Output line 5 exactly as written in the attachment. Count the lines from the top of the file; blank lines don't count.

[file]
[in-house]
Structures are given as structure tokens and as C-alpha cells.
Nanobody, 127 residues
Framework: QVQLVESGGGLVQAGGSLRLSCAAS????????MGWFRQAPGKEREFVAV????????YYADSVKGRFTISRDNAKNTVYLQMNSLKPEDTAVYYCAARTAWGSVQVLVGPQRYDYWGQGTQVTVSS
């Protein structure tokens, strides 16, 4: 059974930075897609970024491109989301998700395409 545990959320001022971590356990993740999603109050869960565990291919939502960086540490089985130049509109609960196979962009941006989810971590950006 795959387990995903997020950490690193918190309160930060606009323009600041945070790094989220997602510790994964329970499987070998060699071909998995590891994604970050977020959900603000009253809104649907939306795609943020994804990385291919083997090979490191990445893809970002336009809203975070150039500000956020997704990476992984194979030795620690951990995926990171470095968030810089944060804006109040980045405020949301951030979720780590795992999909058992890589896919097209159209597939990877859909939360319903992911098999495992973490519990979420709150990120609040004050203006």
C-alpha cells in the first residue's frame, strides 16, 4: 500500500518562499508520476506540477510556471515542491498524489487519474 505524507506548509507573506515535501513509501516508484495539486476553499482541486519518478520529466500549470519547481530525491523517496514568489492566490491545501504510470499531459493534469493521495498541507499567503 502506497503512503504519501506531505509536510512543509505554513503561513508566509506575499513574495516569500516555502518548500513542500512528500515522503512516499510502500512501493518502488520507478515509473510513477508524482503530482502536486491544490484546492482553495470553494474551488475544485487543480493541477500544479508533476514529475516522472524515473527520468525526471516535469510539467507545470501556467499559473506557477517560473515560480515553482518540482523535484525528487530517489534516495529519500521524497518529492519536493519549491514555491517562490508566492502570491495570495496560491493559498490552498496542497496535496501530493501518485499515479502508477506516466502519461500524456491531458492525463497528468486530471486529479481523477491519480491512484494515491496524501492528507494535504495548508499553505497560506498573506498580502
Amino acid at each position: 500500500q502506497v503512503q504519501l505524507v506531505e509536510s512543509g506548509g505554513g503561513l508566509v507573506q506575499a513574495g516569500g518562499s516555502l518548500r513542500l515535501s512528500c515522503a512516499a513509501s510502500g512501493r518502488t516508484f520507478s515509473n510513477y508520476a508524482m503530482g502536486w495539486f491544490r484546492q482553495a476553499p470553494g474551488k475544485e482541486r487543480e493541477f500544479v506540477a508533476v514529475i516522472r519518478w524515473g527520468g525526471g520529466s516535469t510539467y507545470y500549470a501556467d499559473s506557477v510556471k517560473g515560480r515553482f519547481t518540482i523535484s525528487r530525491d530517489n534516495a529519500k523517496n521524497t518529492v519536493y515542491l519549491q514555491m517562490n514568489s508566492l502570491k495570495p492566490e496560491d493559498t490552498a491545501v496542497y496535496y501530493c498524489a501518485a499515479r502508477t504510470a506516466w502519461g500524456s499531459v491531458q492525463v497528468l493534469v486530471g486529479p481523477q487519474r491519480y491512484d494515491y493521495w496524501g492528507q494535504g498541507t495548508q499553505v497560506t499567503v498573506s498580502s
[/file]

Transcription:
């Protein structure tokens, strides 16, 4: 059974930075897609970024491109989301998700395409 545990959320001022971590356990993740999603109050869960565990291919939502960086540490089985130049509109609960196979962009941006989810971590950006 795959387990995903997020950490690193918190309160930060606009323009600041945070790094989220997602510790994964329970499987070998060699071909998995590891994604970050977020959900603000009253809104649907939306795609943020994804990385291919083997090979490191990445893809970002336009809203975070150039500000956020997704990476992984194979030795620690951990995926990171470095968030810089944060804006109040980045405020949301951030979720780590795992999909058992890589896919097209159209597939990877859909939360319903992911098999495992973490519990979420709150990120609040004050203006």